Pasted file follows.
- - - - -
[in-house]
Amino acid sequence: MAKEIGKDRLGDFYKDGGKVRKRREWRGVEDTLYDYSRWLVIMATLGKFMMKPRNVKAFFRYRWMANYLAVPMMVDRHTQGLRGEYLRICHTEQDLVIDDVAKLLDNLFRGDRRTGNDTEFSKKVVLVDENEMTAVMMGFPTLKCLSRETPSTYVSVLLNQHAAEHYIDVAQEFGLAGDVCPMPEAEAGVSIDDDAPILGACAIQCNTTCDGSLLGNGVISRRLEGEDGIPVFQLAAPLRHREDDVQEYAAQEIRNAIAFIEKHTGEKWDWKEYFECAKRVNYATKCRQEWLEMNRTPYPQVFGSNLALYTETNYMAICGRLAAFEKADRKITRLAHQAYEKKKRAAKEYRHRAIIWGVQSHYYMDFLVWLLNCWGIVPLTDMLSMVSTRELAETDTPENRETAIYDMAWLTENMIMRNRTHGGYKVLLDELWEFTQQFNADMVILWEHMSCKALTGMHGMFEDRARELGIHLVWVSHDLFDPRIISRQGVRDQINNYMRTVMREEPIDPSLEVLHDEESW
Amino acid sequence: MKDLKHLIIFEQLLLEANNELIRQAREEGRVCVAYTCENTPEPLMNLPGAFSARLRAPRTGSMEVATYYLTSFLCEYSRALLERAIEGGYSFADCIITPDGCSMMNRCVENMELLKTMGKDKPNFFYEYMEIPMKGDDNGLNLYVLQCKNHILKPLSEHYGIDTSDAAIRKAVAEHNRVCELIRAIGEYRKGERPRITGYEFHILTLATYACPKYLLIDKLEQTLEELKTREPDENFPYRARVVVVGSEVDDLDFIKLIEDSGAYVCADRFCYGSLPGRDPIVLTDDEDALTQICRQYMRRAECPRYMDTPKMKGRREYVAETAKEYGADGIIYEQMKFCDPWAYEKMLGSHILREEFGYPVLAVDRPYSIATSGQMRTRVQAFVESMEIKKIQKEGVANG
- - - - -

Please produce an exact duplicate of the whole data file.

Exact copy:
[in-house]
Amino acid sequence: MAKEIGKDRLGDFYKDGGKVRKRREWRGVEDTLYDYSRWLVIMATLGKFMMKPRNVKAFFRYRWMANYLAVPMMVDRHTQGLRGEYLRICHTEQDLVIDDVAKLLDNLFRGDRRTGNDTEFSKKVVLVDENEMTAVMMGFPTLKCLSRETPSTYVSVLLNQHAAEHYIDVAQEFGLAGDVCPMPEAEAGVSIDDDAPILGACAIQCNTTCDGSLLGNGVISRRLEGEDGIPVFQLAAPLRHREDDVQEYAAQEIRNAIAFIEKHTGEKWDWKEYFECAKRVNYATKCRQEWLEMNRTPYPQVFGSNLALYTETNYMAICGRLAAFEKADRKITRLAHQAYEKKKRAAKEYRHRAIIWGVQSHYYMDFLVWLLNCWGIVPLTDMLSMVSTRELAETDTPENRETAIYDMAWLTENMIMRNRTHGGYKVLLDELWEFTQQFNADMVILWEHMSCKALTGMHGMFEDRARELGIHLVWVSHDLFDPRIISRQGVRDQINNYMRTVMREEPIDPSLEVLHDEESW
Amino acid sequence: MKDLKHLIIFEQLLLEANNELIRQAREEGRVCVAYTCENTPEPLMNLPGAFSARLRAPRTGSMEVATYYLTSFLCEYSRALLERAIEGGYSFADCIITPDGCSMMNRCVENMELLKTMGKDKPNFFYEYMEIPMKGDDNGLNLYVLQCKNHILKPLSEHYGIDTSDAAIRKAVAEHNRVCELIRAIGEYRKGERPRITGYEFHILTLATYACPKYLLIDKLEQTLEELKTREPDENFPYRARVVVVGSEVDDLDFIKLIEDSGAYVCADRFCYGSLPGRDPIVLTDDEDALTQICRQYMRRAECPRYMDTPKMKGRREYVAETAKEYGADGIIYEQMKFCDPWAYEKMLGSHILREEFGYPVLAVDRPYSIATSGQMRTRVQAFVESMEIKKIQKEGVANG